What Are Sitemap Extensions And How To Use Them?

Last Edited January 24, 2018 by Garenne Bigby in Sitemaps

sitemap extensions

Extensions for sitemaps are an added syntax for certain media types that are contained within a sitemap. These media types would be images, videos, and other hard to break down content that is contained within the site, and the extensions are used to improve its indexing. A byproduct of the improved indexing, the sitemap extensions will provide information from tags on the elements to aid in making the website more accessible. In short, the extensions are used for content that is not just simply words or text in a default language.

Sitemap Extensions Used for Indicating Alternate Language Pages

When a website targets users in more than one language or more than one country, the webmaster can use a sitemap in order to provide Google with alternate language pages, denoted with rel=”alternate” hreflang=”x”. These are the elements that will help Google to serve the right language or regional link to searchers.

To put this into perspective, imagine that there is a website that is created in English and is targeted at those who speak English all over the world. There may also be equivalent versions of this web page that are targeted at those who speak German all over the world, and then a version of the site that is aimed at those who speak German AND are located in Switzerland. The full set of URLs would be as follows:


When using alternate language extensions in a sitemap, be sure to make a different URL element for each of the URLs. Each of the elements has to include a loc (location) tag that will indicate the URLs of the page, and a subelement of xhtml:link rel="alternate" hreflang="XX" for each alternate version of the page, including itself.

Sitemap Extensions for Videos

Video sitemaps are a great way to ensure that search engines like Google know all of the information about the content on your website, especially when that content might not be discovered otherwise, like with normal crawling mechanisms. By improving the findability of the video content will improve your own website's appearance in the Google Video search results. When a sitemap is submitted with video information, Google will make the video URL searchable through Google Video. The search results will contain a thumbnail image (this will be provided by you or generated automatically by Google) of the video content, and also the information, like the title, that is contained in the sitemap. Google is not able to guarantee if or when a user's video will be added to their index, because Google relies on a very complex algorithm for this process.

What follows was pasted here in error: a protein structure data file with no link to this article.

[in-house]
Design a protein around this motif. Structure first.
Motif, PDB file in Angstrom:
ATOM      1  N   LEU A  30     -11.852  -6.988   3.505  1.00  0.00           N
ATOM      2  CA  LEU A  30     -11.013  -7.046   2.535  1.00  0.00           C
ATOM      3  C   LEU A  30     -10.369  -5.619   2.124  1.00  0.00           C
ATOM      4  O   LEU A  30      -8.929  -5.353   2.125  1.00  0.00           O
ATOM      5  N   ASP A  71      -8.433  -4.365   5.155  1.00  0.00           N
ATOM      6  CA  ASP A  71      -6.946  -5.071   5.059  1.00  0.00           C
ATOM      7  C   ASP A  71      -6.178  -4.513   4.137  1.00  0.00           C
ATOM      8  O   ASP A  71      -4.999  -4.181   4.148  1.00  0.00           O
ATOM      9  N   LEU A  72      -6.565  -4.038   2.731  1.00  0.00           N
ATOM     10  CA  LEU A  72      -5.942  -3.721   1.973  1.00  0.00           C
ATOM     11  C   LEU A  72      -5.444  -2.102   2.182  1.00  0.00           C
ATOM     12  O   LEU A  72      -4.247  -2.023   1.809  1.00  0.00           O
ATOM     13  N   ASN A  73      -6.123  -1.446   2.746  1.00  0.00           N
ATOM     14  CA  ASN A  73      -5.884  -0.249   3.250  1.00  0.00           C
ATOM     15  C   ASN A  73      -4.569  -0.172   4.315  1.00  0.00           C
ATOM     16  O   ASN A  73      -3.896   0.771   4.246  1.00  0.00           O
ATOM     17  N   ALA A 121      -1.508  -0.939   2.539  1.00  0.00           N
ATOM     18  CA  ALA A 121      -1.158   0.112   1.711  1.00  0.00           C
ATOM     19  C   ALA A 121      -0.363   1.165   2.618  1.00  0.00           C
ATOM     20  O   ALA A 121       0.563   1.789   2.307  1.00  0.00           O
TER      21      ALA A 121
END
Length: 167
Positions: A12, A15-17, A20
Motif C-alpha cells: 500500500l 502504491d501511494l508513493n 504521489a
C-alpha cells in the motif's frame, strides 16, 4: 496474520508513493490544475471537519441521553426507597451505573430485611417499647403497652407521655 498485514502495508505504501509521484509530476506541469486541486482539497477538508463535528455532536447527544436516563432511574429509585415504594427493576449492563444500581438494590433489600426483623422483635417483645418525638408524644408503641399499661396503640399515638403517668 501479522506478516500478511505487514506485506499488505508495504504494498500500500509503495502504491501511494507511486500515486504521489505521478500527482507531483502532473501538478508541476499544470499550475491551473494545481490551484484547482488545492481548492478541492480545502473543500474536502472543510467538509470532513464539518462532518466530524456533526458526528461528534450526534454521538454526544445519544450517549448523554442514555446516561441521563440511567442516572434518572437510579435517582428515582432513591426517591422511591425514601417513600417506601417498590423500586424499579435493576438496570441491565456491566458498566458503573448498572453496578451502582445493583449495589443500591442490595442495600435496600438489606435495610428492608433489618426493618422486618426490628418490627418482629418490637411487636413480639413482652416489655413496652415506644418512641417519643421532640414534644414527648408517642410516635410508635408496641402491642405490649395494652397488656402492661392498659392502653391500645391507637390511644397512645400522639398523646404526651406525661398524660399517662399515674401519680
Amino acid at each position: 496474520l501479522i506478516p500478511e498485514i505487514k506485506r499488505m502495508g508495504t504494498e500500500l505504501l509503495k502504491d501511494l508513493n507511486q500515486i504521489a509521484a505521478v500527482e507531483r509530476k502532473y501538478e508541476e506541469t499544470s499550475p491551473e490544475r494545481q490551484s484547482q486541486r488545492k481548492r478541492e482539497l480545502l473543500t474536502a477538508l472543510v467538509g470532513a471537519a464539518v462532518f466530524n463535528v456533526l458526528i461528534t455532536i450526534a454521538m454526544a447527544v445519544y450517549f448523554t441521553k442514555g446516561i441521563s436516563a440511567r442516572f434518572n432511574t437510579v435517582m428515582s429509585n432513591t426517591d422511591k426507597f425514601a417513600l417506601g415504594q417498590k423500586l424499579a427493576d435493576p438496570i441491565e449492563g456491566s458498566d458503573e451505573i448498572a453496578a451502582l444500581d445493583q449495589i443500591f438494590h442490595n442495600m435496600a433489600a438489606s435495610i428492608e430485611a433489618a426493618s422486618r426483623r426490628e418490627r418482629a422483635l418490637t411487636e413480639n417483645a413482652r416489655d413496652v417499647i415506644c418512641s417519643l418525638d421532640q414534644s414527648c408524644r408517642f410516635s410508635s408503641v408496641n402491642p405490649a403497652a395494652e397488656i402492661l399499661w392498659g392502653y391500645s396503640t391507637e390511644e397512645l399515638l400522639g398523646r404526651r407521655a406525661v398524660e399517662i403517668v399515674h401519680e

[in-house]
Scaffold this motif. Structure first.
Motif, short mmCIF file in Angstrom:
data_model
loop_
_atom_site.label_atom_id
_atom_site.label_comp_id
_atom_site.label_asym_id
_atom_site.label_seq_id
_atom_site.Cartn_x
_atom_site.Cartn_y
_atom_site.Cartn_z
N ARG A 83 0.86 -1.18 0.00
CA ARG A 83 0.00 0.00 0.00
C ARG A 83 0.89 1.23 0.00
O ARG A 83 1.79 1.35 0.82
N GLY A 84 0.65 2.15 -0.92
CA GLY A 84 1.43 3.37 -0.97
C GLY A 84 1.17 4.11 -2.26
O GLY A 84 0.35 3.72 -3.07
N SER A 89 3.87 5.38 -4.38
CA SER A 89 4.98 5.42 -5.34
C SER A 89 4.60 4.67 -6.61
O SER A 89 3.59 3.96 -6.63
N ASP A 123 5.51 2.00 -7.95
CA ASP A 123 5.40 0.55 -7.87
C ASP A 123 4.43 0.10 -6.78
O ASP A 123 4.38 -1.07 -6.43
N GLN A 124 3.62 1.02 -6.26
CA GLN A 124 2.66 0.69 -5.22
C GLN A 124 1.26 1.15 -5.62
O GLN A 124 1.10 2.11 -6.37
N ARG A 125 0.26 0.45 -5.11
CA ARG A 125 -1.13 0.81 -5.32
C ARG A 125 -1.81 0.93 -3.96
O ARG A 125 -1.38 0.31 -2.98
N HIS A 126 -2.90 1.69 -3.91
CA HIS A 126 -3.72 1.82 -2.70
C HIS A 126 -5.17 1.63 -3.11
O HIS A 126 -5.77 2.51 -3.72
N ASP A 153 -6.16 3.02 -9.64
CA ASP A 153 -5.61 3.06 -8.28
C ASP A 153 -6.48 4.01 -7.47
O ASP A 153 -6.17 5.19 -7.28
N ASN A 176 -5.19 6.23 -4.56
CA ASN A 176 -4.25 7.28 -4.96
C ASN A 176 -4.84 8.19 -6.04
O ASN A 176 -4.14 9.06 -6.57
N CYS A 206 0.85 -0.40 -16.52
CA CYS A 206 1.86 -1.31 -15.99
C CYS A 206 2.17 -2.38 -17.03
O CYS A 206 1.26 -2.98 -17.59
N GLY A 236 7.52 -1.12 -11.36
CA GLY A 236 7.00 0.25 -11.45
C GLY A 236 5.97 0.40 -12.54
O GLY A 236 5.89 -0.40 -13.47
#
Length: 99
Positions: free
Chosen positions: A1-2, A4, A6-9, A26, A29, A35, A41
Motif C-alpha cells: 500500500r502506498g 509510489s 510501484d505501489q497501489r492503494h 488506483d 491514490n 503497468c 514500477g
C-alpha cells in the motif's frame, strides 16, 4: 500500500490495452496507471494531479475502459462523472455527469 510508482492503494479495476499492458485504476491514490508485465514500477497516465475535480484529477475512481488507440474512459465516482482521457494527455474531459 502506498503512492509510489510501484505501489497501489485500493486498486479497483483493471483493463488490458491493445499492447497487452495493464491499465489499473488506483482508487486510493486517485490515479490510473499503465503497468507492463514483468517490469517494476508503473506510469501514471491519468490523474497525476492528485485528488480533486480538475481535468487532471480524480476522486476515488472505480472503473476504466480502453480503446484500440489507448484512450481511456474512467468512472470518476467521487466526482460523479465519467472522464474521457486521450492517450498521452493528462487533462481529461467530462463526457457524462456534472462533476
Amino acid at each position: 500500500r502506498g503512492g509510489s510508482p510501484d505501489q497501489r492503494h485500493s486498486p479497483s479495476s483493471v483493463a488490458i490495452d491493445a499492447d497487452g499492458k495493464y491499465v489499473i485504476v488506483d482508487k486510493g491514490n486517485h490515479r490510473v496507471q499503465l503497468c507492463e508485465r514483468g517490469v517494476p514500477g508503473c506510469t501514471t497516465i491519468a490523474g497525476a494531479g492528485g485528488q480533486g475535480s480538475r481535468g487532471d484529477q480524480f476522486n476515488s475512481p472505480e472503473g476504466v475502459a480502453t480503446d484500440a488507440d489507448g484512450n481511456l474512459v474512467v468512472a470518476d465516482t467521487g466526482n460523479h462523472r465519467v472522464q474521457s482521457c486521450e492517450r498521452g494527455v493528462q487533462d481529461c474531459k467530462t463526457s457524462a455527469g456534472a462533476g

You can actually create a sitemap listing the video content, or you may consider adding information about the video content to an already existing sitemap. It all just depends on which option is more convenient for the user. The Google extension for videos in the sitemap protocol will enable users to provide Google with descriptive information that will make it easier for users to find a specific piece of content. This would be information like the title of the video, the description, the duration, and the like.

It should be noted that Google may use text that is on the video's web page rather that any text that has been supplied within the sitemap that you created.

Adding Video content to Your Sitemap

The entry in a video sitemap has to include a link to a landing page for the video, and some other required information. Much of the elements in a video sitemap are not required, but they will provide metadata that is valuable and useful, thus increasing the searchability and the search engine's ability to include the video in their search results.

Once the sitemap has been created, you can submit it to Google using their Webmaster Tools. While Google does not guarantee that all of the videos that are included on a sitemap will appear in their search results, or that they will use all of the information for the video that has been included in their sitemap.